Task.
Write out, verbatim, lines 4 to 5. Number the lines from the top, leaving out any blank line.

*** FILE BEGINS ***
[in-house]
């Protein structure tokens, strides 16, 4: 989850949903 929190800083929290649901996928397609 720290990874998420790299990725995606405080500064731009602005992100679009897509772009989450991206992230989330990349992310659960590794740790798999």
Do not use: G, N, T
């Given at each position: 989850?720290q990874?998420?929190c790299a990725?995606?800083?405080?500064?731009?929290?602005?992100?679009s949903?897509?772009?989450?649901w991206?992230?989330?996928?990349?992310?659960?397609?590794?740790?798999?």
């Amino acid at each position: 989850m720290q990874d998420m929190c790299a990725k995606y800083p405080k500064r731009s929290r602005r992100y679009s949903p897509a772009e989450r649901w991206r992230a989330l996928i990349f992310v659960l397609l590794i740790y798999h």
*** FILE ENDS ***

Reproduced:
């Given at each position: 989850?720290q990874?998420?929190c790299a990725?995606?800083?405080?500064?731009?929290?602005?992100?679009s949903?897509?772009?989450?649901w991206?992230?989330?996928?990349?992310?659960?397609?590794?740790?798999?």
């Amino acid at each position: 989850m720290q990874d998420m929190c790299a990725k995606y800083p405080k500064r731009s929290r602005r992100y679009s949903p897509a772009e989450r649901w991206r992230a989330l996928i990349f992310v659960l397609l590794i740790y798999h």